“The parents insist that their child is ‘fine’ eating grapes at home - and keeps sending him to nursery, despite me asking them not to. For me, all that means is that an accident hasn’t happened – yet! I don’t know how to convince them of the dangers here. I have witnessed a choking incident – it is terrifying how quickly a child can lose consciousness. How can I get this message across?”
On a popular discussion forum for local Nursery Managers, participants complained that despite awareness campaigns and regular communication within their nurseries, parents continue to send children with lunch boxes containing potentially fatal choking hazards.
The UK has seen a number of distressing, well publicised cases of children choking on grapes. The outcry surrounding these tragedies has, at the very least, served to raise awareness for the general public.
In the UAE, Nursery Managers and teachers agree that parents and guardians of young children must also be made aware of the very real dangers.
Doctors writing for the British Medical Journal highlighted a number of deaths and near tragedies in the UK, such as:
Nursery teachers and leaders have asked parents to be vigilant over food items in lunchboxes to avoid a similar and ultimately, preventable tragedy.
Speaking to WhichSchoolAdvisor.com, Kiara Siddall of Hummingbird Nursery DIFC explained why grapes in particular might be considered dangerous for young children:
“To ensure grapes aren’t a hazard, we make sure that they are cut into quarters for all our children. Grapes are a sweet and healthy snack and we’d obviously prefer fruit over processed foods. However, they should be given to young children with caution as they can block a child’s airway quickly. Added to this, very young children are still learning to chew and may not yet have a full set of teeth.
"It’s also worth thinking about where these hazardous foods tend to be consumed. Choking in young children seems to be correlated with distracted eating, and many of the foods identified as the most dangerous (candy, hot dogs, grapes) appear in places where kids might be focused elsewhere, like birthday parties, get-togethers and fast food restaurants. So, while some food items might appear more hazardous than others, meal and snack times always require complete adult attention, whatever a child is eating.”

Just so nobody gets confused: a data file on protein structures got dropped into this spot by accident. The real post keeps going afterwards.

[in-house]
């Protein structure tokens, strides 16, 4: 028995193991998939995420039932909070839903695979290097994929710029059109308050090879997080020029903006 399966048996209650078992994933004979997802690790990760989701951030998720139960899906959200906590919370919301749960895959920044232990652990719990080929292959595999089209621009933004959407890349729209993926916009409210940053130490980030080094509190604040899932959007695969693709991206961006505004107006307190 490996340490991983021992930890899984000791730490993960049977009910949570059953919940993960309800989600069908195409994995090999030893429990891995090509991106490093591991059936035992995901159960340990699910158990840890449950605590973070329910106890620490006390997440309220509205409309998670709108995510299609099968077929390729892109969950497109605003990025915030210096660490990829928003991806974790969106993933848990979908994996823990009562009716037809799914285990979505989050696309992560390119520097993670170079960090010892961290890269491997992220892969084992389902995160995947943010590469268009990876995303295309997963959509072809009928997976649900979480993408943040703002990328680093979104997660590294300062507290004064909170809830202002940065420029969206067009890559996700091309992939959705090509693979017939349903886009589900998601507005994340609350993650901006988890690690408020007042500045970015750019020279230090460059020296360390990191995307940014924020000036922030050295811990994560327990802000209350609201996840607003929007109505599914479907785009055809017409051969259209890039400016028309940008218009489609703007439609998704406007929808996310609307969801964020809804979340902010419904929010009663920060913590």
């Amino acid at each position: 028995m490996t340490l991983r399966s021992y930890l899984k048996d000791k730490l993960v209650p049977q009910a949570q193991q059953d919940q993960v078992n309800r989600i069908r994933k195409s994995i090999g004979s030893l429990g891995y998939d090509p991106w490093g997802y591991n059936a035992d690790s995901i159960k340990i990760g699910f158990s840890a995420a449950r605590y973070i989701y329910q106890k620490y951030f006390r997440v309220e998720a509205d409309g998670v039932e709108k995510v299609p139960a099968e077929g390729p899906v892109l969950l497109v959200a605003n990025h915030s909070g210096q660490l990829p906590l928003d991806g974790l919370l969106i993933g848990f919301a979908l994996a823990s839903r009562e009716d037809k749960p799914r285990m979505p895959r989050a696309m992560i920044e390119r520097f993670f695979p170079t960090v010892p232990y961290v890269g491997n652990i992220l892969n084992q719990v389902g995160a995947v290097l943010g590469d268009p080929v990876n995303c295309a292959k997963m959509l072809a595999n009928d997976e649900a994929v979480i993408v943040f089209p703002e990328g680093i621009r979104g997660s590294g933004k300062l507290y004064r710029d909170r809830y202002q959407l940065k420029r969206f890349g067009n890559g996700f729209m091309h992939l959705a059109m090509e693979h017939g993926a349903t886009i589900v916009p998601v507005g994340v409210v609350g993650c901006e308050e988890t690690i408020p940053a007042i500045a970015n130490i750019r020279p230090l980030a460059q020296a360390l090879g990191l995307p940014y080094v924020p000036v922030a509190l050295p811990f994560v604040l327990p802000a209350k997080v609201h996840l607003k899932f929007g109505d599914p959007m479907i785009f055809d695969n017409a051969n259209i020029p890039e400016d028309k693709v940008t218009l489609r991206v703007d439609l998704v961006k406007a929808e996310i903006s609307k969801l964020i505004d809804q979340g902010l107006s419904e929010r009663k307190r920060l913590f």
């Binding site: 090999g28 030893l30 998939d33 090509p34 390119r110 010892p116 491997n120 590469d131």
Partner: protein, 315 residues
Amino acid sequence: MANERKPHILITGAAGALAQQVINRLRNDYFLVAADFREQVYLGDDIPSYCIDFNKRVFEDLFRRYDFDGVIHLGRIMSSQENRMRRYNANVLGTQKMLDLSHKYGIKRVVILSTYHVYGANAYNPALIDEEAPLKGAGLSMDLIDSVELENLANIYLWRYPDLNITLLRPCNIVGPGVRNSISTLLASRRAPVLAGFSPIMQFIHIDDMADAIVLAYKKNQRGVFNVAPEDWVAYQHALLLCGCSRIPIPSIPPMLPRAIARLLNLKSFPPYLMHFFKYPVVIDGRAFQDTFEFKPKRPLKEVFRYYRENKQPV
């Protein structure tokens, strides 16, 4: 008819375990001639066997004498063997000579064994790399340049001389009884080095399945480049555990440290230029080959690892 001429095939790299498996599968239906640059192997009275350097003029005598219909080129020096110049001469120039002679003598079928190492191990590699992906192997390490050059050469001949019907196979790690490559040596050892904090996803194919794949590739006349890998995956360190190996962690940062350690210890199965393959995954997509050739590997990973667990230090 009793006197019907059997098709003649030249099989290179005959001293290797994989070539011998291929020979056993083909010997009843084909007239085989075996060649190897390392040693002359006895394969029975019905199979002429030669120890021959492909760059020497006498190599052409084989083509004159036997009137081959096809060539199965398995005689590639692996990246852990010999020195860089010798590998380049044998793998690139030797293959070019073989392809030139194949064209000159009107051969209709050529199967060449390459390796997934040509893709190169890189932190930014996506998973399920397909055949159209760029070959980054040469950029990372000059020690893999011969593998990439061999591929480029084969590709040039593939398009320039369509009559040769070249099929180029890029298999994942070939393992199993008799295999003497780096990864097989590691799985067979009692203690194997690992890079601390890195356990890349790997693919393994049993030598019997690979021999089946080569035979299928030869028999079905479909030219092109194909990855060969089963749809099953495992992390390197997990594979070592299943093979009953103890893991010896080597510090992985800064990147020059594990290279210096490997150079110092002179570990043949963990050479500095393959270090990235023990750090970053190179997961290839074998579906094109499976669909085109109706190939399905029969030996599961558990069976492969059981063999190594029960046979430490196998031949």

Siog Moore, a Registered Nurse and owner of Little Land Nursery in Umm Suqeim, highlighted that grapes are not the only food choking hazards that nurseries contend with. Siog cited cherry tomatoes, hotdogs, cocktails sausages and even large blueberries as problematic, stressing that parents should remember that "children generally learn to chew well between the ages of 2½ and 4 years, adding that during this time, "all foods should be cut."
"It’s okay for children to practise with larger bites of food at home when they are being supervised one on one, but this is not practical for life in a busy nursery."
Little Land, and most other nurseries, have a general policy on cutting food for consumption in class. "This protects not only the children but their teachers and carers”, Ms Moore notes.
So whilst the primary solution to choking hazards is to cut your child’s food and to always, always practise vigilance – it is vital that all parents and carers have a basic knowledge of first aid should a child begin to choke. Rapid intervention could mean the difference between life and death.
Kate Lyon, Nurse at Mindchamps Al Safa suggests that anyone responsible for or working with children should take a first aid course and that in the event of a choking incident, the following steps should be followed:
“Should you notice your little one struggling with food, are unable to breathe, or unable to make a sound you need to act very quickly to help them. If they are coughing, encourage this, coughing will help to remove the object."
For Children below the age of 1
If the item is still lodged, call the emergency services and continue the cycle of back blows and chest thrusts until the item is removed or medical help come and take over.
For Children above the age of 1 you need to administer back blows followed by abdominal thrusts.
For more information on this important topic: visit ROSPA.